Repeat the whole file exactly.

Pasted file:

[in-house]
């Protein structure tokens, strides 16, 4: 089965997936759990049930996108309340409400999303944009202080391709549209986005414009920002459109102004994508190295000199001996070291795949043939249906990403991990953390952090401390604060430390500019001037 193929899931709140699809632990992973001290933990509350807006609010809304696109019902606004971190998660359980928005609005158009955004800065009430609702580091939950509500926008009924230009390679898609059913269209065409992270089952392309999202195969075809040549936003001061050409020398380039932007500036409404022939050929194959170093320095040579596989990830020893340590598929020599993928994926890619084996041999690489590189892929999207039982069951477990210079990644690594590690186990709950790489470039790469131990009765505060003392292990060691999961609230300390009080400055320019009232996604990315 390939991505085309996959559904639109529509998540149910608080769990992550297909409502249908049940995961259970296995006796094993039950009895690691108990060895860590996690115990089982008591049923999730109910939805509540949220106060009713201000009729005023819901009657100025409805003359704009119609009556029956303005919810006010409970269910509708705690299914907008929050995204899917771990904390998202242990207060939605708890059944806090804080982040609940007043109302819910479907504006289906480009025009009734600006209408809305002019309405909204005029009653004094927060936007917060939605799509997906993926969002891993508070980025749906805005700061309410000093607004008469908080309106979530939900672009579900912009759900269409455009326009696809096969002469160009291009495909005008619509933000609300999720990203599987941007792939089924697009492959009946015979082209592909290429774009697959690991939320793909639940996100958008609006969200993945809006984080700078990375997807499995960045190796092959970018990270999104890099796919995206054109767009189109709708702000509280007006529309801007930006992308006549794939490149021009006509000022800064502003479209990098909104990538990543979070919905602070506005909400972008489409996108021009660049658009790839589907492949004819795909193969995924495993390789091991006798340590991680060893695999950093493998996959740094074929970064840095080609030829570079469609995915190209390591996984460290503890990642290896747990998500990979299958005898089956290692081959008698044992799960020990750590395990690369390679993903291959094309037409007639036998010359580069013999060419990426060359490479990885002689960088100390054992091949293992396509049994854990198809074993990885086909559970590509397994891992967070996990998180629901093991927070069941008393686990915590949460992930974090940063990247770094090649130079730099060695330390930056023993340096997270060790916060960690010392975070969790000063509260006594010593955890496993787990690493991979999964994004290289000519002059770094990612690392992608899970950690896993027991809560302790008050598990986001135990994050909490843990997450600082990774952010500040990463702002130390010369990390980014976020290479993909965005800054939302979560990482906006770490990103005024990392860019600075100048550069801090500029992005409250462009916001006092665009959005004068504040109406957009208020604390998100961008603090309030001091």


[in-house]
């Protein structure tokens, strides 16, 4: 089965997936759990049930996108309340409400999303944009202080391709549209986005414009920002459109102004994508190295000199001996070291795949043939249906990403991990953390952090401390604060430390500019001037 193929899931709140699809632990992973001290933990509350807006609010809304696109019902606004971190998660359980928005609005158009955004800065009430609702580091939950509500926008009924230009390679898609059913269209065409992270089952392309999202195969075809040549936003001061050409020398380039932007500036409404022939050929194959170093320095040579596989990830020893340590598929020599993928994926890619084996041999690489590189892929999207039982069951477990210079990644690594590690186990709950790489470039790469131990009765505060003392292990060691999961609230300390009080400055320019009232996604990315 390939991505085309996959559904639109529509998540149910608080769990992550297909409502249908049940995961259970296995006796094993039950009895690691108990060895860590996690115990089982008591049923999730109910939805509540949220106060009713201000009729005023819901009657100025409805003359704009119609009556029956303005919810006010409970269910509708705690299914907008929050995204899917771990904390998202242990207060939605708890059944806090804080982040609940007043109302819910479907504006289906480009025009009734600006209408809305002019309405909204005029009653004094927060936007917060939605799509997906993926969002891993508070980025749906805005700061309410000093607004008469908080309106979530939900672009579900912009759900269409455009326009696809096969002469160009291009495909005008619509933000609300999720990203599987941007792939089924697009492959009946015979082209592909290429774009697959690991939320793909639940996100958008609006969200993945809006984080700078990375997807499995960045190796092959970018990270999104890099796919995206054109767009189109709708702000509280007006529309801007930006992308006549794939490149021009006509000022800064502003479209990098909104990538990543979070919905602070506005909400972008489409996108021009660049658009790839589907492949004819795909193969995924495993390789091991006798340590991680060893695999950093493998996959740094074929970064840095080609030829570079469609995915190209390591996984460290503890990642290896747990998500990979299958005898089956290692081959008698044992799960020990750590395990690369390679993903291959094309037409007639036998010359580069013999060419990426060359490479990885002689960088100390054992091949293992396509049994854990198809074993990885086909559970590509397994891992967070996990998180629901093991927070069941008393686990915590949460992930974090940063990247770094090649130079730099060695330390930056023993340096997270060790916060960690010392975070969790000063509260006594010593955890496993787990690493991979999964994004290289000519002059770094990612690392992608899970950690896993027991809560302790008050598990986001135990994050909490843990997450600082990774952010500040990463702002130390010369990390980014976020290479993909965005800054939302979560990482906006770490990103005024990392860019600075100048550069801090500029992005409250462009916001006092665009959005004068504040109406957009208020604390998100961008603090309030001091």